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Supplementary Material for: Ingestion of Casein Hydrolysate Induces Oral Tolerance and Suppresses Subsequent Epicutaneous Sensitization and Development of Anaphylaxis Reaction to Casein in Mice

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posted on 26.04.2019, 09:13 by Iwamoto H., Matsubara T., Okamoto T., Matsumoto T., Yoshikawa M., Takeda Y.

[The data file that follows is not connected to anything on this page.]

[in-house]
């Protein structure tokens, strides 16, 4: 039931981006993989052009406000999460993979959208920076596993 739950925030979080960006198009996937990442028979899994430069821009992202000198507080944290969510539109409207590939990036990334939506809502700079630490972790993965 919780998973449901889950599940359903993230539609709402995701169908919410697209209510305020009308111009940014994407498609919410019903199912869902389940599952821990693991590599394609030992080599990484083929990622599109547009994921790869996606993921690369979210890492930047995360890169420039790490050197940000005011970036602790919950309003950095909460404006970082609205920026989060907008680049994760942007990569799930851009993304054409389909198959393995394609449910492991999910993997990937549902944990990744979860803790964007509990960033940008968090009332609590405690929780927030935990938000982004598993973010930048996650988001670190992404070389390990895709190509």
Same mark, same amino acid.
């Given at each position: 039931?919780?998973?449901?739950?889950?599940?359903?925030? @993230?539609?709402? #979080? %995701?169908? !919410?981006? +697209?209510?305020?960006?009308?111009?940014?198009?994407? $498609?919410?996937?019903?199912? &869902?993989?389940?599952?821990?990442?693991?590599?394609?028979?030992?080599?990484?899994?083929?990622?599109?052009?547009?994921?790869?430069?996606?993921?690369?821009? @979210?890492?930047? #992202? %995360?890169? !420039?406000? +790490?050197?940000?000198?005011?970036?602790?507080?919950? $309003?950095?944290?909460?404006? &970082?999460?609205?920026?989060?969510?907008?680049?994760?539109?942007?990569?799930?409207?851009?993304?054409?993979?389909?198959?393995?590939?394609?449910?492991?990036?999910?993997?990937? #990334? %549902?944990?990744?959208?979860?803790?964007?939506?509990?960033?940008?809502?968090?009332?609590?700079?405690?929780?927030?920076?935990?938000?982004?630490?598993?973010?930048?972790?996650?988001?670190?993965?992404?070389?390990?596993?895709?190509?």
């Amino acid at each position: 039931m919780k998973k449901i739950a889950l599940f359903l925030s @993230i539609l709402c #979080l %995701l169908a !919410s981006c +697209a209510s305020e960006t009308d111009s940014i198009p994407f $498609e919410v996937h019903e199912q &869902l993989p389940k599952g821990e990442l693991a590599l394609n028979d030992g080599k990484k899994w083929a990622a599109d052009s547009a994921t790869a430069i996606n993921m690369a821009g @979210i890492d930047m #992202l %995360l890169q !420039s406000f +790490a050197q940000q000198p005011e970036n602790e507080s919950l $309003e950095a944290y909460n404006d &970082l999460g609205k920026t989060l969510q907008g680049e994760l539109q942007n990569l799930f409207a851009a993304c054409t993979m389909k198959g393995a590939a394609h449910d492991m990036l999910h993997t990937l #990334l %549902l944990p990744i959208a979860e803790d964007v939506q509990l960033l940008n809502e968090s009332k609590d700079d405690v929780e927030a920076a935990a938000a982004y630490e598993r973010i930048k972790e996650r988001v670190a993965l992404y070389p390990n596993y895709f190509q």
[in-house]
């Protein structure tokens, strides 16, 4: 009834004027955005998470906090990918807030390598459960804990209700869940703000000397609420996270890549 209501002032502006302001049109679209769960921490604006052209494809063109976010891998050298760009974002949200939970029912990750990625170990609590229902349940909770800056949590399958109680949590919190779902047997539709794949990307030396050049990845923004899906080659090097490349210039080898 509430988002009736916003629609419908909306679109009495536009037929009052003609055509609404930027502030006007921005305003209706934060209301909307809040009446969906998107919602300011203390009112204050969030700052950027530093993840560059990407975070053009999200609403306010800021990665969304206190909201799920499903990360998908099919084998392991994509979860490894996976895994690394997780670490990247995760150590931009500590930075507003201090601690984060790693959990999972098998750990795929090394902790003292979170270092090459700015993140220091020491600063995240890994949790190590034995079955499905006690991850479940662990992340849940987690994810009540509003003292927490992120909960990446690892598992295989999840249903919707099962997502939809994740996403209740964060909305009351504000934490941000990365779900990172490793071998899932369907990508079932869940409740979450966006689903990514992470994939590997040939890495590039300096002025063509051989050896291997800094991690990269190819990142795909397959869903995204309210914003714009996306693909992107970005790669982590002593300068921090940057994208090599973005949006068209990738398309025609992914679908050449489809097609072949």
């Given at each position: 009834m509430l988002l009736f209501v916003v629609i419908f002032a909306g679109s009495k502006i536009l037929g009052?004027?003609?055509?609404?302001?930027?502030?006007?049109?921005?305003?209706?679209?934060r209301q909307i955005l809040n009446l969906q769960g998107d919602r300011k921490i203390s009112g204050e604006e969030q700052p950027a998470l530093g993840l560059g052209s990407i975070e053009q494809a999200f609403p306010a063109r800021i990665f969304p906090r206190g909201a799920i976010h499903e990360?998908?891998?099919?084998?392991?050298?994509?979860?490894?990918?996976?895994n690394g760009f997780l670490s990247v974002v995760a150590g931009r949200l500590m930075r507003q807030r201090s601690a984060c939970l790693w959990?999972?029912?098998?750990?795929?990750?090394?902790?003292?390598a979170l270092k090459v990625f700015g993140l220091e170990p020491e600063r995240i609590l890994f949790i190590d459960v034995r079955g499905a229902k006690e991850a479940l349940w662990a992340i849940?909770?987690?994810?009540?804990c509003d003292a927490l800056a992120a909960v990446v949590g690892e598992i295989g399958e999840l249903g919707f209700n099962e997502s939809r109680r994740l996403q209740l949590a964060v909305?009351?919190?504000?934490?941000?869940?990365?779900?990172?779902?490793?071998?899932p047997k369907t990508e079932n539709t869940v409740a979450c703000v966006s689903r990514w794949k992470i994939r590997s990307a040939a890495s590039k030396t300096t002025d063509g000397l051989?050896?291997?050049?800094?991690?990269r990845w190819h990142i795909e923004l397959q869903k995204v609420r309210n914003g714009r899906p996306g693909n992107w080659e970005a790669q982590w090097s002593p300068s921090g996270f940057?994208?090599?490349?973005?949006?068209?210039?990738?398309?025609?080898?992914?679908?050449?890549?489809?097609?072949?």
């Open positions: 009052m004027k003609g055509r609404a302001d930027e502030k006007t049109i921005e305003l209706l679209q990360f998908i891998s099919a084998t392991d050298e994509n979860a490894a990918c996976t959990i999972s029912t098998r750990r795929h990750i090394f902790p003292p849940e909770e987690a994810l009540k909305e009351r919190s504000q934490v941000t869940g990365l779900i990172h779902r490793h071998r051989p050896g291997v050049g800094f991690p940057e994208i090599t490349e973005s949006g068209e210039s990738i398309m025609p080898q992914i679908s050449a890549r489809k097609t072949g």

Background: Casein is the most dominant causal allergen in cow’s milk allergy (CMA). Casein hydrolysates are frequently applied in infant formulas for children with a risk or history of CMA. However, there is limited information on the oral tolerance-inducing ability of casein hydrolysates. Objectives: The aim of this study was to investigate whether the ingestion of casein hydrolysate induces tolerance to casein, ultimately preventing subsequent epicutaneous sensitization and development of an anaphylaxis reaction. Methods: BALB/c mice were orally administered casein or a casein hydrolysate (CNH) via the drinking water and were then epicutaneously sensitized by repeated exposure of casein on tape-stripped skin. Sensitization was assessed by basophil activation tests, the serum levels of casein-specific antibodies, and cytokine production from casein-stimulated spleen and mesenteric lymph node (MLN) cells. Occurrence of an anaphylaxis reaction was evaluated by measuring rectal temperature and the plasma level of mouse mast cell protease-1 (mMCP-1) after oral casein challenges. The T cell population in the spleen and MLN was assessed by flow cytometry. Intestinal mast cells and basophils were analyzed histologically. Results: Sensitization and anaphylaxis reaction to casein were significantly suppressed in casein- or CNH-fed mice compared to controls. Prior ingestion of casein or CNH had no effect on the population of regulatory T cells and activated T cells in lymphoid tissues. Intestinal basophils increased by the epicutaneous sensitization of casein, which was suppressed in casein- or CNH-fed mice. Although the increase in the plasma level of mMCP-1 after oral challenge was suppressed in casein- or CNH-fed mice, there was no change in the number of intestinal mast cells. Conclusion: Prior ingestion of casein or CNH induced oral tolerance and suppressed subsequent epicutaneous sensitization and development of systemic anaphylaxis to casein.